And to the commenters who mention that weird students should be tolerated--yes, if you are just strange, fine. But if you truly threaten and intimidate people by talking to them about your gun colletion --isn't that inappropriate behavior? The problem comes in with how one perceives this information. If a student is talking about a gun collection, fine--talk away--but if a student is using the information to intimidate others, that is the problem. Obviously, there is concern that some teachers will perceive threat when there is none. e.g. The teacher is PC and a student mentions his gun collection and they freak out. Here is where judgement and common sense come into play. There is no one-size fits all when it comes to predicting human nature. We must all use analysis and look at the circumstances of individual cases objectively.

8:07 AM, February 02, 2006  
Anonymous Anonymous said...

"What worries me is how one person could holler and get him taken away"

Even the Spanish Inquisition required two accusers.

Helen said "People who make threats, act violently and outrageously are ignored, tolerated and left to their own devices to the point where they escalate. "

And that's fine - the solution is to be alert and ready to respond decisively when they actually
do something overt and dangerous. Many people here have spoken of a personal armament. That deals
effectively with both the nuts who telegraph their intent AND the ones who don't.

"But if you truly threaten and intimidate people by talking to them about your gun colletion --isn't that inappropriate behavior?"

Is it intimidation if no one feels intimidated? Intimidation is something the hearer feels, not something the speaker does.
I'm reminded of the scene in "Crocodile Dundee II" where a street punk pulls a small knife on Paul Hogan's character, and he
responds "that's not a knife; THIS is a knife," as he pulls out what amounts to a small sword. He might as well be saying
"That's not intimidation; THIS is."

You mention common sense, but it's still subjective. The solution is to not act on subjective judgment, but
be prepared to respond quickly and decisively to objective actions. Granted, there may be some casualties - the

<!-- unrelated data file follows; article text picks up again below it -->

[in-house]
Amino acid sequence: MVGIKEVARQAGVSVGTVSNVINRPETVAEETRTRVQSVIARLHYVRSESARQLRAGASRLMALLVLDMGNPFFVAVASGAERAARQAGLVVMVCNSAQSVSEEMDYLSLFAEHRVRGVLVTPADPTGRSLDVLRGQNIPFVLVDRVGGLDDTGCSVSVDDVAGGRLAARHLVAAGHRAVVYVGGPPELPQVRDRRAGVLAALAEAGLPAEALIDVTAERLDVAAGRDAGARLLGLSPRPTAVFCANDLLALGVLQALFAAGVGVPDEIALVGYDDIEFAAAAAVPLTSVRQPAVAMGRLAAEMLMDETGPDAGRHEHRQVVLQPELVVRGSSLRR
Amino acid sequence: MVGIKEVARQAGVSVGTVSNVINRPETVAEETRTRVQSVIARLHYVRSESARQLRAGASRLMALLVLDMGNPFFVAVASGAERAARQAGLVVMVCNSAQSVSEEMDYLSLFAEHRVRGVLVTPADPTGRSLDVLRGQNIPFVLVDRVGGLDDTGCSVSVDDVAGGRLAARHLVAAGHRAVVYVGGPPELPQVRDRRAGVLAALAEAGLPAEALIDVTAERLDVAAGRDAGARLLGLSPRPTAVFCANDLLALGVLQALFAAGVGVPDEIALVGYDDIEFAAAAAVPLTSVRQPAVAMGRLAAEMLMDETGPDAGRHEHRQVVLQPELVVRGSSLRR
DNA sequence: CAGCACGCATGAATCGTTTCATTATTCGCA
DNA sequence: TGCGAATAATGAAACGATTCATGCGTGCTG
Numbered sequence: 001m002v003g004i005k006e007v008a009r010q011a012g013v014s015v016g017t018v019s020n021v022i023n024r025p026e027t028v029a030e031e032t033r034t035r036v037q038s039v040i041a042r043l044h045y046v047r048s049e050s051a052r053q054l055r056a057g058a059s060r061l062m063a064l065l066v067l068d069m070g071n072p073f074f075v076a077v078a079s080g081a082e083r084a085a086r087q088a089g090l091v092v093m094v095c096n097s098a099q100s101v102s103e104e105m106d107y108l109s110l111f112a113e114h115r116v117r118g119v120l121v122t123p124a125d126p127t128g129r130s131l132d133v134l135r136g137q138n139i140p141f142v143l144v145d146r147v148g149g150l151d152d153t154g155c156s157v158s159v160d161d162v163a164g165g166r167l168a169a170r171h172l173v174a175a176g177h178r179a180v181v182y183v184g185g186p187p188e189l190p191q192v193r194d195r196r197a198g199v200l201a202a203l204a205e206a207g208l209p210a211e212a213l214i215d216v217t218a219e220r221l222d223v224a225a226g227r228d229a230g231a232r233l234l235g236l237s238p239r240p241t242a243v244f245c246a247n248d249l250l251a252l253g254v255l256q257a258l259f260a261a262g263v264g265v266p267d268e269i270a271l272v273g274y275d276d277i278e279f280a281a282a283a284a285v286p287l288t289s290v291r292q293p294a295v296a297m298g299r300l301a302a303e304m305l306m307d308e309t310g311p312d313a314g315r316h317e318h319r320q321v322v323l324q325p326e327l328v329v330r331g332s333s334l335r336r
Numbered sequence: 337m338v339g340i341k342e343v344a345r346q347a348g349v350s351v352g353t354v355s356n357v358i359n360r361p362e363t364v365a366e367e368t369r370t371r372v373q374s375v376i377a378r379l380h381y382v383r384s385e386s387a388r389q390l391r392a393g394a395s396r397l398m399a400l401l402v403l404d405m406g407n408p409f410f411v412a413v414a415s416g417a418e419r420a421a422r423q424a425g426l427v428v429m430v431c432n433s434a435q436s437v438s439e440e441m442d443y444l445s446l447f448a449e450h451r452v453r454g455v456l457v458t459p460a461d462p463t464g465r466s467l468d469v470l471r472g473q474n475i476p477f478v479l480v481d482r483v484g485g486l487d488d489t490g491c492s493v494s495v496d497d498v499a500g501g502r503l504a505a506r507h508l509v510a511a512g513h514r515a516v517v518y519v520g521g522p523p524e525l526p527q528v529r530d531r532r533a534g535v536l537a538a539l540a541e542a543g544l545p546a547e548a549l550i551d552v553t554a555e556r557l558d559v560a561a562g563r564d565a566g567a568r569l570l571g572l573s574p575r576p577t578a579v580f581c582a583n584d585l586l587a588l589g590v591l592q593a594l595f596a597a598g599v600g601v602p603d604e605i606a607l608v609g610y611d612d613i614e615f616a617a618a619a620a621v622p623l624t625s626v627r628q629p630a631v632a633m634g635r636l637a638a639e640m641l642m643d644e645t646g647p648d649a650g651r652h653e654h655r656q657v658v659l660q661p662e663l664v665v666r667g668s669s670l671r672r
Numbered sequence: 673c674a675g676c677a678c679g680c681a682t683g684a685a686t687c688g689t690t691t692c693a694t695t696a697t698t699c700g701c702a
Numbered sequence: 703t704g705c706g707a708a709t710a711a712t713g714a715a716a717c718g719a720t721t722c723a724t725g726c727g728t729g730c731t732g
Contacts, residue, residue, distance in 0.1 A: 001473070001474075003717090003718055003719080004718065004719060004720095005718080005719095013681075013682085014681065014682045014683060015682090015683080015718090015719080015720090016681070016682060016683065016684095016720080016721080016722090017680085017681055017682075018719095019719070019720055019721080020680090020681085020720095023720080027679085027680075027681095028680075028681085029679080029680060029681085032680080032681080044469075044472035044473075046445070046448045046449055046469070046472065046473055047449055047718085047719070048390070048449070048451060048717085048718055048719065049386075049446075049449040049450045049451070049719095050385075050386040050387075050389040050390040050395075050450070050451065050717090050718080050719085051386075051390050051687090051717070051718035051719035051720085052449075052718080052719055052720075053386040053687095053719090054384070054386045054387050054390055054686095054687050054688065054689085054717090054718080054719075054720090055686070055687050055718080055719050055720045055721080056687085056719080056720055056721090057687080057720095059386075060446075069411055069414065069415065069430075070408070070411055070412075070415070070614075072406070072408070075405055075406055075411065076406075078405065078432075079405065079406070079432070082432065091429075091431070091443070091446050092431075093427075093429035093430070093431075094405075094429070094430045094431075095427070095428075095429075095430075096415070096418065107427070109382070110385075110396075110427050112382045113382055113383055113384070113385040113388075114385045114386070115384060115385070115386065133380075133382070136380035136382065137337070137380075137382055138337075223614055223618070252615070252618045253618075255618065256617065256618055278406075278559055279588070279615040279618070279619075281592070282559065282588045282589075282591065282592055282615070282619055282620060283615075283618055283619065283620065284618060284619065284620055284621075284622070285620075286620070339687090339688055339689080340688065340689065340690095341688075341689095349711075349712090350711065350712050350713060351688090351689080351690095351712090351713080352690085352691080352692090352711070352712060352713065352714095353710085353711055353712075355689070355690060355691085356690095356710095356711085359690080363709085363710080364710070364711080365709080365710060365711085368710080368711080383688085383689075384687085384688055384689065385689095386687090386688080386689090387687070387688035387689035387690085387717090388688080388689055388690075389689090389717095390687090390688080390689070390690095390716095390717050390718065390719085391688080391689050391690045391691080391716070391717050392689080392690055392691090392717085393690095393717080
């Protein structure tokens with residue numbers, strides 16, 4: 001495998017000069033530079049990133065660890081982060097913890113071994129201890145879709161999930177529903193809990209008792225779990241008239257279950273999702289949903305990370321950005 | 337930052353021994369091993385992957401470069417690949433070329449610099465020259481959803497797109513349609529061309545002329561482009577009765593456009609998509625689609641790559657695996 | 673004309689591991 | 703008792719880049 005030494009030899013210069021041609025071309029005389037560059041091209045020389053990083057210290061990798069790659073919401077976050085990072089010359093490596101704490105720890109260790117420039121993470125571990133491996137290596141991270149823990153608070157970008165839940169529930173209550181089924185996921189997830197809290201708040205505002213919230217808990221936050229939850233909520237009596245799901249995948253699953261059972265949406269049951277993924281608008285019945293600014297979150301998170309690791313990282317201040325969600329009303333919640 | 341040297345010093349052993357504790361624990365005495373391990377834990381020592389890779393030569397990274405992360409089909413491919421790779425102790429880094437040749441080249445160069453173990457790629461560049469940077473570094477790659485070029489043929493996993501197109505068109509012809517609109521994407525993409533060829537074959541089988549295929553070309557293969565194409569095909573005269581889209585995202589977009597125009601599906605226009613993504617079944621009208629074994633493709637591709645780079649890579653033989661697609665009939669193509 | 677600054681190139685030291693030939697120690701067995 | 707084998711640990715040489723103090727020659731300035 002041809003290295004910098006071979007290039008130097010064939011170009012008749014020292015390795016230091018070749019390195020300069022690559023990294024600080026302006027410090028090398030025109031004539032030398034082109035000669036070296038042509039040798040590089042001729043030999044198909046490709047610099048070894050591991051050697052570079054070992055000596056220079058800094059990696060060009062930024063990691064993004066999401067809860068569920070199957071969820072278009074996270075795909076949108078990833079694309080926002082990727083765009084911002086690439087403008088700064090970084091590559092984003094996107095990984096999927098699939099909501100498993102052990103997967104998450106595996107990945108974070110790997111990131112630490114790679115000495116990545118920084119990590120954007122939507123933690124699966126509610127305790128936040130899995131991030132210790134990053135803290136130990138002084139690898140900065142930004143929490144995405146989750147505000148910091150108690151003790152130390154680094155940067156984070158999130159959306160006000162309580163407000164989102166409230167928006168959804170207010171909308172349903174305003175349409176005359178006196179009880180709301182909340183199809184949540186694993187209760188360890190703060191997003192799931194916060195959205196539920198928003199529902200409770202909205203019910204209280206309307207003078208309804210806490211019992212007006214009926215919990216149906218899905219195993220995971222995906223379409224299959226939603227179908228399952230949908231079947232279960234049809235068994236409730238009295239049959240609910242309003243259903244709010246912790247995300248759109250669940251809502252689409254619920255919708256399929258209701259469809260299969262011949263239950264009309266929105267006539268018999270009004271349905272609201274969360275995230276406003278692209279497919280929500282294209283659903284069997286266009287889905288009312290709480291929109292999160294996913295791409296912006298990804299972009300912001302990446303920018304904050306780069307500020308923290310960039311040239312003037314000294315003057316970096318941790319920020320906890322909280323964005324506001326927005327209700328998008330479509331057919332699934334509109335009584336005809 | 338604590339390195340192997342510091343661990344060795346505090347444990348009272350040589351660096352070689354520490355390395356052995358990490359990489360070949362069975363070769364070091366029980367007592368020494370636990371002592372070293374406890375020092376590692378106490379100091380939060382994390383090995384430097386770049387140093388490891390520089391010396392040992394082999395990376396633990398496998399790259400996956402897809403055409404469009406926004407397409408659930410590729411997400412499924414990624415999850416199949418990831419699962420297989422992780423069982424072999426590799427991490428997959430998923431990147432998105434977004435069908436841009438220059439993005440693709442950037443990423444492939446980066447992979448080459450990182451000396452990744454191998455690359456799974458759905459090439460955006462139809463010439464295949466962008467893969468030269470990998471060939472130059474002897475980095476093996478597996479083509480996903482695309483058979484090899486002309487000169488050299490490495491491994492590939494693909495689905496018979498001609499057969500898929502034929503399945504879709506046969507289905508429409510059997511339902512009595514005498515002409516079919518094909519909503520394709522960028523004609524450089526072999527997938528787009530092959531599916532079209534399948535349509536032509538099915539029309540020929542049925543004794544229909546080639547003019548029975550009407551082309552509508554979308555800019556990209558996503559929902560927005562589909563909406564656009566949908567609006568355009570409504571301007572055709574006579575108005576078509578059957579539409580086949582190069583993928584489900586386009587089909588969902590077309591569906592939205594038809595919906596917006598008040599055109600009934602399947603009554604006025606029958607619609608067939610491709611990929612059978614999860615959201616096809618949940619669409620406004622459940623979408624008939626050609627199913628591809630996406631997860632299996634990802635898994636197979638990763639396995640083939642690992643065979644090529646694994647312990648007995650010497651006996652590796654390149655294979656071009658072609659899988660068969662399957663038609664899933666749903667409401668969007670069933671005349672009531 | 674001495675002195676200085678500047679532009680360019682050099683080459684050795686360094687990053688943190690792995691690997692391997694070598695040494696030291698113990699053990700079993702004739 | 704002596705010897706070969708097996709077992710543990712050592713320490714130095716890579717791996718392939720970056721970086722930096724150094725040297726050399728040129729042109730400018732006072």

'nut' might get off a lucky first shot occassionally, but there is no freedom that doesn't have a corresponding risk.

Helen, you should also consider that publishing a checklist like that is risky for you, personally. It was the
checklist of signs of being an incest survivor in "The Courage to Heal" that convinced a civil court to rule it was a diagnostic product, not mere expression, and find against Laura Davis.

12:38 PM, February 02, 2006  
Anonymous Anonymous said...


That kind of thinking - that gun owners are "mentally ill" - isn't confined to Canada. The area I live in is funny. People regularly threaten people with their various mafia or gang connections - which is basically just threatening people with illegal gun owners that you know - but then cry out for all kinds of gun control and try to claim that legal gun owners are mentally ill. They have to be retarded.


No, we do have to deal with people's crazy or strange behavior. This includes the ones with psych degrees and the ones in office that want to create a de facto police state when violent crime has been dropping for decades.

If you're "dealing with someone's crazy or inappropriate behavior" don't be juvenile about it. Take a self-defense course, get a security system, get a dog, get pepper spray, if you're comfortable with it, buy a gun. But don't try to erode everyone else's civil rights because certain people seem "crazy" to you, which may or may not be a function of your own baggage.

1:10 PM, February 02, 2006  
Anonymous Anonymous said...

It does imply a form of a police state. Look, no system is perfect, utopia is unachievable. There are always drawbacks, and one of the drawbacks of liberty, and a truly libertarian society is that society can't eliminate certain risks. A free society can't persecute people for what they're "maybe gonna" do. It's not a wrong until you actually DO SOMETHING (except, of course, in Catholicism) A free society allows people to take measures to protect themselves when a nutcase actually escalates to overt action (by being armed, for instance.) Is it possible the nutcase will get off a lucky shot before someone puts him/her down? Yes, but that's the finite risk of a free society. Let's face it, a lot of lives could be saved if we did away with things like due process, too, but the bottom line is, when you start acting on strange behavior based on what it indicates a person might do later, you're trading liberty for security, and you know what Ben Franklin said about that.

12:08 PM, February 03, 2006  
Anonymous Anonymous said...

I was reading the warning signs as quoted from G.DeBecker... and I try to narrow it down between the more severe signs (direct and primary) and the milder signs, no i am not an official expert, but then again....
1) a tendency to use threats, intimidation, manipulations, or escalations; 2) adverse reaction to criticism AND 9) jokes about having weapons or praise for other perpetrators of violence.... these three, SYMPTOMS, to me produce all the rest of the warning signs....
I have seen it all and I have not experienced much, but those symptoms I wait for on a constant day to day basis away from my friends.... hint, we need actual friends and yet trust few of them, but love them all for who they are....
and yes going with what we feel is a key to solving this bottling up of slow acceptance to adjusting... no pain no gain... express it... but only to make the conscientious adjustment...
thank you....

8:33 PM, February 07, 2007